Nitinat Narrows and the beautiful vistas up and down the coast and the familiar freedom and abundance of fish was far, far away from this barbed wired fenced-in place. "When you get to the school you're cut off from your traditional foods and habits." Assimilation swirled around them always. They were separated from culture and family, and they learned to hate their parents who left them there. "It wasn't good for your self esteem that the parents who brought you into the world didn't care for you."

Thompson only started talking to his mother in the last twelve years about this whole situation and how she felt about it... "About leaving us there". He could never understand why she walked away and never looked back. "When it finally got reconciled, she said they were crying too, as they were leaving." His father passed away twenty seven years ago and didn't "have a chance to talk about any of the things we're dealing with today". Because they were separated from their family, he and his brothers never had good lines of communication with parents and sisters. They're all still trying to deal with it today.

For him and his brothers, introduction to the school included its characteristic humiliation and degradation, "a shaved head, being de-loused and paraded naked to a stock room to get clothes and bedding". Also, they became known by their numbers, not their names. Art Thompson became #511. His brothers were 509 and 510. Their sister was in the same school. Segregated, they never got to see her all the time they were there ... ten years.

In 1993, drug-free for almost two decades but a self-confessed "hugger of alcohol" he had to go back and revisit that place … in his mind and "the abuse of all kinds". He went through the indignity of court proceedings and having to deal with the abuse he suffered as a boy at the hands of the infamous school supervisor and repugnant offender Arthur Plint - convicted, but still not apologetic to Thompson and the others. There were nineteen plaintiffs in a class action suit that Thompson didn't want to get involved in at first, "Mainly because in my mind I felt I was okay - I was strong, I didn't need to get better". He resisted, but was swayed by his cousin Melvin Goode and his persuasive words and the reminders from the others during their talks about terror and trauma --- of what they had been through and what still needed to be addressed.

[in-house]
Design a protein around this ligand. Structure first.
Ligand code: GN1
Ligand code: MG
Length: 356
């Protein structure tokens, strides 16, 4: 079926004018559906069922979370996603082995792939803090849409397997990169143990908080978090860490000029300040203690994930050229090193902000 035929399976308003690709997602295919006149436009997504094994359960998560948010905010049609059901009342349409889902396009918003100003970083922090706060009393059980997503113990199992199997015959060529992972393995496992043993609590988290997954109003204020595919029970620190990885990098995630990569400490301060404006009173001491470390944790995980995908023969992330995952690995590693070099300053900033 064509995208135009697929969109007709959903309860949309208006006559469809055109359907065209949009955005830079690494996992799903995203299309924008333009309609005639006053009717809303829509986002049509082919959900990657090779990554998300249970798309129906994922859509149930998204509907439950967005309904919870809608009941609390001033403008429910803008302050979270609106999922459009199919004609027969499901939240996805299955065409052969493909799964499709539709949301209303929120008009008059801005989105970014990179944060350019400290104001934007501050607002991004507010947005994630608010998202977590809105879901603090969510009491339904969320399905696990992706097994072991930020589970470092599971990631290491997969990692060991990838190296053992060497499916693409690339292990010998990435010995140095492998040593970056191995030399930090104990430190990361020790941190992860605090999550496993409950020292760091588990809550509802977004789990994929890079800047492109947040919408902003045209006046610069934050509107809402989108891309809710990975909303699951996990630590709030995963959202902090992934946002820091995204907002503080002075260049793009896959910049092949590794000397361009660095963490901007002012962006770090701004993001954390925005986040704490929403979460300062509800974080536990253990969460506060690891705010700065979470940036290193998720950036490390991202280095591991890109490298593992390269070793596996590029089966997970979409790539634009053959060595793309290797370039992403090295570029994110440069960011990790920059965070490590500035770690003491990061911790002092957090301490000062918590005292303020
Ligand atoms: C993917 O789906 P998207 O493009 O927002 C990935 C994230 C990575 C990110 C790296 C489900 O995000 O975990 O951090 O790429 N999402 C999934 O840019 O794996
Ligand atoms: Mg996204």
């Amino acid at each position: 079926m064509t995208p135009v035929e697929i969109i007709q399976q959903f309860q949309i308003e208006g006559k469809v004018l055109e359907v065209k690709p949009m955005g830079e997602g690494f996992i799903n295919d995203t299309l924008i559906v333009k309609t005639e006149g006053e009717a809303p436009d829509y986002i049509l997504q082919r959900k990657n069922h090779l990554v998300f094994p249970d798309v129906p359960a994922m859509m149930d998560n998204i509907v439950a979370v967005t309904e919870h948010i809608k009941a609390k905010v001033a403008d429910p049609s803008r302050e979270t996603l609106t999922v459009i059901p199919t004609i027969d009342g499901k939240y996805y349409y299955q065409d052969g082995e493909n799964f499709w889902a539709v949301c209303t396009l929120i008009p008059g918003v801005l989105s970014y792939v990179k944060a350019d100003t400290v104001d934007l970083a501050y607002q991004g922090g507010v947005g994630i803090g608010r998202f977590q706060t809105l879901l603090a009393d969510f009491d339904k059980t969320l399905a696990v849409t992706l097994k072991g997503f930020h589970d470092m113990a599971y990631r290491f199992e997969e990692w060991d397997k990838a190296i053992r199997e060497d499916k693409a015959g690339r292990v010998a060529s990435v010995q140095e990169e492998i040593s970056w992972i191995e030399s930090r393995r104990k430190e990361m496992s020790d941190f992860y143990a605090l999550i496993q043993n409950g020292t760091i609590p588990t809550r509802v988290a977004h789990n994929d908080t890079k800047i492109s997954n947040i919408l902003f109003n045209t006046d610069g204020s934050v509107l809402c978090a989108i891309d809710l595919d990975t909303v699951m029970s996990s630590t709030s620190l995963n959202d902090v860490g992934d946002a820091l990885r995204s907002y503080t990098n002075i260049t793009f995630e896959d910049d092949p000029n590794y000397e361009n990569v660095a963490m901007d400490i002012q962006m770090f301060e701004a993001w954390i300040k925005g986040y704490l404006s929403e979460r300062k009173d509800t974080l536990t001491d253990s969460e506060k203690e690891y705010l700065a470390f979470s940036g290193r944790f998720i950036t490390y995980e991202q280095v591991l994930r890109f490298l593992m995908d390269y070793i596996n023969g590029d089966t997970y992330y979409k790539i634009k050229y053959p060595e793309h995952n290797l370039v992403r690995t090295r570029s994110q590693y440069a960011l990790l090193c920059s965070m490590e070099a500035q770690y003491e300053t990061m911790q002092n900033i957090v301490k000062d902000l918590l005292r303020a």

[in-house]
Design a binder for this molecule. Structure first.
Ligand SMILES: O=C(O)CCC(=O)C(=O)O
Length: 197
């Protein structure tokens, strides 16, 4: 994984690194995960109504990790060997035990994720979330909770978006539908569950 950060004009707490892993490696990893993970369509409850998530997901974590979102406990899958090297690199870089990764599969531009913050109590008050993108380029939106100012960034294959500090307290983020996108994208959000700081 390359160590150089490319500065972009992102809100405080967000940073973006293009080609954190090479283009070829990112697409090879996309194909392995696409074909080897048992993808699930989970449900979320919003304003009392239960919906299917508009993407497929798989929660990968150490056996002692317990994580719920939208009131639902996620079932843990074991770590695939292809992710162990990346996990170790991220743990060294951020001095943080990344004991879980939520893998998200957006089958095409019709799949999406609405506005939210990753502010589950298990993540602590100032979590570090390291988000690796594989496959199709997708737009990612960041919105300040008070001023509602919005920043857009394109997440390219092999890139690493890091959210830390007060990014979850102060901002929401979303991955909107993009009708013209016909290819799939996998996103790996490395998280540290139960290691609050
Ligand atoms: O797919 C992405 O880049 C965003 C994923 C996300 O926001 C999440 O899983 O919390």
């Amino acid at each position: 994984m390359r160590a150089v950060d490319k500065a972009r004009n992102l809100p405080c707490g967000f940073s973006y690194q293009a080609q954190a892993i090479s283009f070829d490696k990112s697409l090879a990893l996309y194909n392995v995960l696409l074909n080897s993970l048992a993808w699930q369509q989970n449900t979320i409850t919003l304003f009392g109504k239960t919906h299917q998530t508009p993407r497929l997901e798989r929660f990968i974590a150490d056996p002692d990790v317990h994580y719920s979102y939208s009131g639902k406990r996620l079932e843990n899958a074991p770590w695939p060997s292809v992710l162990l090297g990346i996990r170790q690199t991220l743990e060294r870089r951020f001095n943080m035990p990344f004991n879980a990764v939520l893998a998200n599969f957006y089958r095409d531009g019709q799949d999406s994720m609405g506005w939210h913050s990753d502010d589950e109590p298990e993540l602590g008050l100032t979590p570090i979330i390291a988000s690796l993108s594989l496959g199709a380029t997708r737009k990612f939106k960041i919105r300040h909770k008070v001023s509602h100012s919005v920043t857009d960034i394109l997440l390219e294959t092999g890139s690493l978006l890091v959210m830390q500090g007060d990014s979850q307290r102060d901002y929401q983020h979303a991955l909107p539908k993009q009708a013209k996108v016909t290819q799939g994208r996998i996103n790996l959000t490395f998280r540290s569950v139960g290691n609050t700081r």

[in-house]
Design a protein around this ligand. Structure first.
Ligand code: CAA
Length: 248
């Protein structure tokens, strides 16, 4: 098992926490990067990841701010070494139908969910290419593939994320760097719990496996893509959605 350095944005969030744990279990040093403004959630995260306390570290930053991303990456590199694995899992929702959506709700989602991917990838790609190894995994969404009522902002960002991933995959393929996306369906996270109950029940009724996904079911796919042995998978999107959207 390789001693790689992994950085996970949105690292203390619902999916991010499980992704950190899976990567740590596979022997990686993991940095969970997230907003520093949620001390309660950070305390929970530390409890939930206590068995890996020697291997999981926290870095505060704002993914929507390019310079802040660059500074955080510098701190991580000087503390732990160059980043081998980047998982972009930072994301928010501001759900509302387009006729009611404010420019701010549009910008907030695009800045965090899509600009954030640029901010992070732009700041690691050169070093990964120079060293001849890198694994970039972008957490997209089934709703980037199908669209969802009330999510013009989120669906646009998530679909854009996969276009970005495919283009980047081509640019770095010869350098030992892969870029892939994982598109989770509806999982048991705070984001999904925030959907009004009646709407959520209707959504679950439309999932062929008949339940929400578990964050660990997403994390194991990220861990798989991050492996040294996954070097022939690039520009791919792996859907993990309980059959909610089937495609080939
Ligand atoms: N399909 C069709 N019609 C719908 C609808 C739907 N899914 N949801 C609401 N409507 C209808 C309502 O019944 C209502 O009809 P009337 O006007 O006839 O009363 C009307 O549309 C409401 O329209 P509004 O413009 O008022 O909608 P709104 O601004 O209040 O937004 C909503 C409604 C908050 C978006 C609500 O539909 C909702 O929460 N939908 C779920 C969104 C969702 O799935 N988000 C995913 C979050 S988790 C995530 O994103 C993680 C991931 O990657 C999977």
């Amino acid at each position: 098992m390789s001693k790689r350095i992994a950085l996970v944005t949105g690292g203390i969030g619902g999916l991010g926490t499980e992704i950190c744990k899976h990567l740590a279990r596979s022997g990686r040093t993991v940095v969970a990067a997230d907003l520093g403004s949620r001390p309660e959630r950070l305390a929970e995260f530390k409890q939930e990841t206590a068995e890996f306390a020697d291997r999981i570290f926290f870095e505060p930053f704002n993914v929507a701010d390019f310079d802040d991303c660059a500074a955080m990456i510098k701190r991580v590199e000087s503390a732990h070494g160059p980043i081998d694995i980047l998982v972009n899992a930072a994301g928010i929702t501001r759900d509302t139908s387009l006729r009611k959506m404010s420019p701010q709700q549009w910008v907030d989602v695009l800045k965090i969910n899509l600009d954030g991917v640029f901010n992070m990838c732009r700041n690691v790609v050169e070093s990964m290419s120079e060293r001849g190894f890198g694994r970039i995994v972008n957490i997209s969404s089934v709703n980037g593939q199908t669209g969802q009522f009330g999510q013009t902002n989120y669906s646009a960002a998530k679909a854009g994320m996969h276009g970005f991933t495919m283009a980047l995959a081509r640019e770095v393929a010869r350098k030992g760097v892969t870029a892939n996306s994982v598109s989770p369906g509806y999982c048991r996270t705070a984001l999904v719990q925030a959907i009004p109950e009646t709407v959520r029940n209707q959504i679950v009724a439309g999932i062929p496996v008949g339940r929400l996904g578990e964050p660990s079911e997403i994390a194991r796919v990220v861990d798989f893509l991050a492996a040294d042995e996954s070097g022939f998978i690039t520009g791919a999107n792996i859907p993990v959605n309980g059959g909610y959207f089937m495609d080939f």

Thompson received cash compensation but said it wasn't so important, besides that wasn't the end of it, "I believe it stays with you the rest of your life. The shame and indignity follow you around, no matter what therapy you get." What about others who still wait to make their way through the 'system' and all the media emphasis on compensation? Thompson mused, "It is my belief that for a lot of the plaintiffs in a lot of these cases it wasn't about money. We wanted to document what happened … as part of history."

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Art Thompson Received the National Aboriginal Achievement Award in 2000
for Art and Culture

Art Thompson has taken the pain suffered from being an abused child and turned it into astonishing beauty. Born in the village of Whyac on Vancouver Island, Mr. Thompson was taken from his family and sent to the Alberni Indian Residential School where he survived horrendous abuses. He ran away from the school for the last time at age 13 and secured work as a logger. He eventually found his gift in 1967 when he enrolled in Camosun College in Victoria to study art. Mr. Thompson is now recognized across Canada as a Master artist. His carvings, paintings, jewellery, and prints, all derived from his Nuu-chah-nulth and Cowichan ancestry, are sought after internationally by embassies, art galleries, collectors and museums alike. When he began work as an artist, he focused on two-dimensional design and sculptures. Then, in the 1970's, when he began engraving silver and gold, he was considered to be the foremost Nuu-chah-nulth jeweller at that time. In the late 1970's, Mr. Thompson began working on a monumental scale, carving numerous totem poles and panels for commissions in Canada, the United States, and his Nuu-chah-nulth homeland. He designed both the medals awarded at the 1994 Commonwealth Games as well as the Queen's Baton. He lectures internationally on First Nations culture and art. As a philanthropist, he has raised thousands of dollars for a variety of civic causes, including the Victoria Symphony and Camosun College, and many First Nations causes related to education. His contributions as an artist and civic leader earned him a special Citizen Award from the City of Victoria in 1995.